DC's anti-noise bill is back on the docket, and seemingly less suppressive.
The Amplified Noise Amendment Act of 2021, introduced yesterday by DC Council Chair Phil Mendelson and Councilmembers Anita Bonds and Brooke Pinto, is meant to regulate noise levels in public space. The bill's provisions prohibit amplified noise from being as loud as 90 decibels (a lawn mower is a common example of the 90-decibel level).
A version of the same bill, with a noise maximum of 100 decibels in public space, was introduced in 2018 and 2019; neither made it past a public hearing, and both were unpopular due to perceived suppression of cultural expression and penalties that included 10 days in jail.
Under the new bill, violators would receive a verbal warning from the police, and if the noise level continues, could be subject to a formal "notice of violation" and a fine of up to $300. The bill exempts "a person participating in a parade, public gathering, or demonstration" that received a permit from the Metropolitan Police Department. The bill would also extend the amplified noise limit of 80 decibels inside one's residence to all residentially-zoned areas rather than the five residential zones where it is currently applicable.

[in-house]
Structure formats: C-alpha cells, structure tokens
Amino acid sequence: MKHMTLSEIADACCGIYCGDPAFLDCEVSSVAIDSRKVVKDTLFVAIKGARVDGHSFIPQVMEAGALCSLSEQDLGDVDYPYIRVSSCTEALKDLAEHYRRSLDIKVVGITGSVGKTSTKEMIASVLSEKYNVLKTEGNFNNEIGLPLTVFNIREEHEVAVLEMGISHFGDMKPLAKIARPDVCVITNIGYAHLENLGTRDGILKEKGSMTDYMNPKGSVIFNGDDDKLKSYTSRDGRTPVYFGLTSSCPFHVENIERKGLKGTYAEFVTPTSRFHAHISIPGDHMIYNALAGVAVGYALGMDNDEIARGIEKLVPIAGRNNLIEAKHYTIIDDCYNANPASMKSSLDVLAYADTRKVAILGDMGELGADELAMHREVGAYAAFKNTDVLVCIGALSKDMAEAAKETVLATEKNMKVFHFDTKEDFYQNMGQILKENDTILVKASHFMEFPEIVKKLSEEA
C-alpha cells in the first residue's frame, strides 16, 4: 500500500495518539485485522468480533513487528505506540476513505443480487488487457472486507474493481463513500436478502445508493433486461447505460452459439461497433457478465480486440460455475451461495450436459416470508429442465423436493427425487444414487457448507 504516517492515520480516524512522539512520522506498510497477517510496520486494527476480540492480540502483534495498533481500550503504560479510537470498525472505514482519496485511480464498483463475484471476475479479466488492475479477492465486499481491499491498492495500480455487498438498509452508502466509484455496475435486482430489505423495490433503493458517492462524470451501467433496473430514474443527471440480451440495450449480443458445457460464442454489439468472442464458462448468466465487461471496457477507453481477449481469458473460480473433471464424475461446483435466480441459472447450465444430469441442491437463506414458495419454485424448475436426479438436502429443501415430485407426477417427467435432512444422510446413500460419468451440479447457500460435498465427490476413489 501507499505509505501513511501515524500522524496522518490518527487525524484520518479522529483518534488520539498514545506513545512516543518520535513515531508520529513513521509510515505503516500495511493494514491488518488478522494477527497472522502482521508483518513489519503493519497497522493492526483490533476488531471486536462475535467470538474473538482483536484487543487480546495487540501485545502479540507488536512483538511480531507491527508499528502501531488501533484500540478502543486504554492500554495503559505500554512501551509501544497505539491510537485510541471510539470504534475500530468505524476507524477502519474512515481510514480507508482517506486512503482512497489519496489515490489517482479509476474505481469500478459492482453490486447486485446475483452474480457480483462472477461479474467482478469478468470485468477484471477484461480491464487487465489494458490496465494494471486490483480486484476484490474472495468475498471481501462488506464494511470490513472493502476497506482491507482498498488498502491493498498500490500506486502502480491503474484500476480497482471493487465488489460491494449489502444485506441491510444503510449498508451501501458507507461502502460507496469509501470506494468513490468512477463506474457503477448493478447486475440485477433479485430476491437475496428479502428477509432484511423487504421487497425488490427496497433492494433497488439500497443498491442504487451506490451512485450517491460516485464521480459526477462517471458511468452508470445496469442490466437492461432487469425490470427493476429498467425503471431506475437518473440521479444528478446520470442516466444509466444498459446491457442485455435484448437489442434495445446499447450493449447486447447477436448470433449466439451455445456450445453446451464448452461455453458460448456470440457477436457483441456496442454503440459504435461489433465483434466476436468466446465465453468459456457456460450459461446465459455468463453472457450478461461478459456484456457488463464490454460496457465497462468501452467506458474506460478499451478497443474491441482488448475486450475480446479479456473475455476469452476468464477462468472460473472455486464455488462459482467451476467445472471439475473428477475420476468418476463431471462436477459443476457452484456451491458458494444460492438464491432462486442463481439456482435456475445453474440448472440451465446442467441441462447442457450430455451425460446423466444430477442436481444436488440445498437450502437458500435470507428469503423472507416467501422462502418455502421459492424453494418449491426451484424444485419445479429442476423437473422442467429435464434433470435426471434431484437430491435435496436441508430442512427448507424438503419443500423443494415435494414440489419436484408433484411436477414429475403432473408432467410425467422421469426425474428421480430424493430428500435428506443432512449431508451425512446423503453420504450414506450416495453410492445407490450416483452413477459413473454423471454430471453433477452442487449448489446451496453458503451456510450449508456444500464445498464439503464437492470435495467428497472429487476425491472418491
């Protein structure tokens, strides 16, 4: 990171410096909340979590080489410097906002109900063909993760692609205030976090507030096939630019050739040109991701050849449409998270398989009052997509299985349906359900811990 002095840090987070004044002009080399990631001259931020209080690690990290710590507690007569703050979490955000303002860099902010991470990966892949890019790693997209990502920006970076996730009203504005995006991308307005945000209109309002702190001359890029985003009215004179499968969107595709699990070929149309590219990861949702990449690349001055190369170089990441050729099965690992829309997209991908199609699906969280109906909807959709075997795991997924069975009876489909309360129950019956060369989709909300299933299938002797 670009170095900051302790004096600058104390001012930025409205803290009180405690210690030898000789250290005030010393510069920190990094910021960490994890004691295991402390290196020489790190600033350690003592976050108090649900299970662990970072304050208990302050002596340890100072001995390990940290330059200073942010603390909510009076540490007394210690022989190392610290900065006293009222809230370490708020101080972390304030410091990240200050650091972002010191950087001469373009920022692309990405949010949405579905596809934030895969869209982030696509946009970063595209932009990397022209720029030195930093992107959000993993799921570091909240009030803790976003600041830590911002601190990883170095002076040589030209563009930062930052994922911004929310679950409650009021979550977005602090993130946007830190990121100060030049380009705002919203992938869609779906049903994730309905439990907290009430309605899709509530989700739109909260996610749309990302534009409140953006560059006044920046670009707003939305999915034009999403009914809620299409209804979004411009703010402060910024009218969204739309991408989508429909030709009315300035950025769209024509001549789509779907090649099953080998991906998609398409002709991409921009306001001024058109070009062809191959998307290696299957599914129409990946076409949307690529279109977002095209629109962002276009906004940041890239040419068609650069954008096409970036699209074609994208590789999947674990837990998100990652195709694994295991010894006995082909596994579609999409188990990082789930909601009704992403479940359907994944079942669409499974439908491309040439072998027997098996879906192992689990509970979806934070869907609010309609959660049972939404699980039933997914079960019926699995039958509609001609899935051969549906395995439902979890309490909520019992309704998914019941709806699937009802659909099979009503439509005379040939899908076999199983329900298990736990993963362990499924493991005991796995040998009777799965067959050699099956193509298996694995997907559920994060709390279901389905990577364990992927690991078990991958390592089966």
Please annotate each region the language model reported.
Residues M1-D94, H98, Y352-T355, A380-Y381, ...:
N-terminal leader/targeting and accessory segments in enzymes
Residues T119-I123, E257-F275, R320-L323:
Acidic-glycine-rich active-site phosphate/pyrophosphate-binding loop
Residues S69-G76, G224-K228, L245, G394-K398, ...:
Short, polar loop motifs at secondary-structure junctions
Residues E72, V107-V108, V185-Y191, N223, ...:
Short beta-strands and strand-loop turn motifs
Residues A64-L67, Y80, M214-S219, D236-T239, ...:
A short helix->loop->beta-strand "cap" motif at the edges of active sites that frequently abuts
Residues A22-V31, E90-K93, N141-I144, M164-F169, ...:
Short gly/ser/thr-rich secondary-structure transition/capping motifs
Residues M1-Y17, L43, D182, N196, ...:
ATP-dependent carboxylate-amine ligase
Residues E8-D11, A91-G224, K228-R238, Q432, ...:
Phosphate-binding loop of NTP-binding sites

The bill is under review by the Committee of the Whole.
Thumbnail photo by Ted Eytan.
This article originally published at https://dc.urbanturf.com/articles/blog/the-return-of-the-dc-anti-street-noise-bill/17950.
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